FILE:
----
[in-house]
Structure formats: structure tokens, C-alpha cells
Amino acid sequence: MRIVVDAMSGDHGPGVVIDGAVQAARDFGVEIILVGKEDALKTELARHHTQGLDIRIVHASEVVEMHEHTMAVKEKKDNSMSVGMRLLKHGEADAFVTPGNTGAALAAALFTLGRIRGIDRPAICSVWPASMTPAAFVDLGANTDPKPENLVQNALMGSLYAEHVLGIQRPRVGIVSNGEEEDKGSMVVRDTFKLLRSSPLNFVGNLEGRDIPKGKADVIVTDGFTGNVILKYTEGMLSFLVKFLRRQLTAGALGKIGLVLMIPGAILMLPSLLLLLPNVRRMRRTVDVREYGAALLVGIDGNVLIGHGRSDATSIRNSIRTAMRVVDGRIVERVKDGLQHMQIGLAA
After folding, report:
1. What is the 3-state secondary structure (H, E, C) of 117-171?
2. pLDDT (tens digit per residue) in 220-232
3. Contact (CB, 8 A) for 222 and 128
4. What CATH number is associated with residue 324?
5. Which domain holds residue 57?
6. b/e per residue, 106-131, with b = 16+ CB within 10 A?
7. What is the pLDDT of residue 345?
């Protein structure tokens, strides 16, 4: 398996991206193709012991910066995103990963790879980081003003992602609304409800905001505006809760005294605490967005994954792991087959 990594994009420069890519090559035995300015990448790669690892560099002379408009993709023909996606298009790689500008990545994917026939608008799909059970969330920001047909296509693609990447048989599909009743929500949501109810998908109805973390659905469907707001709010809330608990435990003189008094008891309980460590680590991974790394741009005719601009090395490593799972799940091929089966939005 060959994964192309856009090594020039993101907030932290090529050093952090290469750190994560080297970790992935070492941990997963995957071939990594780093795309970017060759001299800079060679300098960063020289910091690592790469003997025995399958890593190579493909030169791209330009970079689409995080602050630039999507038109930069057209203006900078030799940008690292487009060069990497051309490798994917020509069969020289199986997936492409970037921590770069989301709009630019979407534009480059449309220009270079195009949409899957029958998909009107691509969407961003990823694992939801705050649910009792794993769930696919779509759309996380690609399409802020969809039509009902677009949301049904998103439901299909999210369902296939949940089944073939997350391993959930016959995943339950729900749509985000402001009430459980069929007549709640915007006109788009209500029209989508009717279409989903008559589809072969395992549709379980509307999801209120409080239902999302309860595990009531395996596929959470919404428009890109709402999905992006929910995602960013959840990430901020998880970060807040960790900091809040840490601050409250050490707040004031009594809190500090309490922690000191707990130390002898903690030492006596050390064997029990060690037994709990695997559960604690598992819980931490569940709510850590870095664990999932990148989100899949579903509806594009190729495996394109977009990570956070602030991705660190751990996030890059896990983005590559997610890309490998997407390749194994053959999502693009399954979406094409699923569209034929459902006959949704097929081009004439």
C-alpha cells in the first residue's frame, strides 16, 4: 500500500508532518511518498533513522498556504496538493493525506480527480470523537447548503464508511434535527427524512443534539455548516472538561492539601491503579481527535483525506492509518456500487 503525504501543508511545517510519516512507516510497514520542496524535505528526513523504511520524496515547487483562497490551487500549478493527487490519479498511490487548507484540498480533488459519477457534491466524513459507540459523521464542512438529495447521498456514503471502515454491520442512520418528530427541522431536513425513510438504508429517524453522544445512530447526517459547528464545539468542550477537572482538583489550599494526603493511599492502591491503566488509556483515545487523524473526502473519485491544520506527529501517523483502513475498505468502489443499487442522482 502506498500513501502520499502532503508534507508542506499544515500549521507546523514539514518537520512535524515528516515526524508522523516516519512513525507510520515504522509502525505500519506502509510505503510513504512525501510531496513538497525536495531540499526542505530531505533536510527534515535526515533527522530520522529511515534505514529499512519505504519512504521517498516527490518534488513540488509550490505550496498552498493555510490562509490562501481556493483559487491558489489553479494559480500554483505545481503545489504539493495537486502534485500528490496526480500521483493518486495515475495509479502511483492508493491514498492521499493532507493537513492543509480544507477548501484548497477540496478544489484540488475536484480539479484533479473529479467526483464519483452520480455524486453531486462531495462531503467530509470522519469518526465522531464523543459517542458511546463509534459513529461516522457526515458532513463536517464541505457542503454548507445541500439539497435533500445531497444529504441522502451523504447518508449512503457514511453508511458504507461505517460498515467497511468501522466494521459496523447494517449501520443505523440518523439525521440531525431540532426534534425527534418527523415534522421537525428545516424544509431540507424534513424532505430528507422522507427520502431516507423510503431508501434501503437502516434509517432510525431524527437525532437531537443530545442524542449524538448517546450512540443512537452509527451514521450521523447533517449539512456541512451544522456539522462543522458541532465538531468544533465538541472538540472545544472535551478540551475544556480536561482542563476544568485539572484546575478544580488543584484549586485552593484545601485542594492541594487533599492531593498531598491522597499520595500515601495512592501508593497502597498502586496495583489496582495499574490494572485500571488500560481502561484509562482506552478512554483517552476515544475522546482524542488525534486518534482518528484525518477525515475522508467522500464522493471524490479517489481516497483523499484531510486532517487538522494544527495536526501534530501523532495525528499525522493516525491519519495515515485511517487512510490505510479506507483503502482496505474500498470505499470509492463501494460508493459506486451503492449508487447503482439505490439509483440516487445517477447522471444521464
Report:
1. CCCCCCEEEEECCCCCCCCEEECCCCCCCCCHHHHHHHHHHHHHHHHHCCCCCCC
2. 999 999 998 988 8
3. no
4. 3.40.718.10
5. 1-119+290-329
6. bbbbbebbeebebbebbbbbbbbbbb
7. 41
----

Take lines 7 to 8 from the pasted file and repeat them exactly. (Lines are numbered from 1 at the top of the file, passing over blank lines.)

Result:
3. Contact (CB, 8 A) for 222 and 128
4. What CATH number is associated with residue 324?